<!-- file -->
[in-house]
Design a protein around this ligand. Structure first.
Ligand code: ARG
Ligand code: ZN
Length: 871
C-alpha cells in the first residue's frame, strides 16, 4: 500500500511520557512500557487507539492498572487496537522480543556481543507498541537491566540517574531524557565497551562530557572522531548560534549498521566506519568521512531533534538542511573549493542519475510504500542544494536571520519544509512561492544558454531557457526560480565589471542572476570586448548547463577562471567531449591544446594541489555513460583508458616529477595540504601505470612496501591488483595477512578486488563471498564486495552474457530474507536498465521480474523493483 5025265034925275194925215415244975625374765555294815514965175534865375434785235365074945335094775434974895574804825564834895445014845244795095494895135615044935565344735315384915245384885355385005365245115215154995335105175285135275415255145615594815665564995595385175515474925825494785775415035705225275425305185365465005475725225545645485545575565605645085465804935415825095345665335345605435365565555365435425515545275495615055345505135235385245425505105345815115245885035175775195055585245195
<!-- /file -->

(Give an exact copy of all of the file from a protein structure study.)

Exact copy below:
[in-house]
Design a protein around this ligand. Structure first.
Ligand code: ARG
Ligand code: ZN
Length: 871
C-alpha cells in the first residue's frame, strides 16, 4: 500500500511520557512500557487507539492498572487496537522480543556481543507498541537491566540517574531524557565497551562530557572522531548560534549498521566506519568521512531533534538542511573549493542519475510504500542544494536571520519544509512561492544558454531557457526560480565589471542572476570586448548547463577562471567531449591544446594541489555513460583508458616529477595540504601505470612496501591488483595477512578486488563471498564486495552474457530474507536498465521480474523493483 5025265034925275194925215415244975625374765555294815514965175534865375434785235365074945335094775434974895574804825564834895445014845244795095494895135615044935565344735315384915245384885355385005365245115215154995335105175285135275415255145615594815665564995595385175515474925825494785775415035705225275425305185365465005475725225545645485545575565605645085465804935415825095345665335345605435365565555365435425515545275495615055345505135235385245425505105345815115245885035175775195055585245195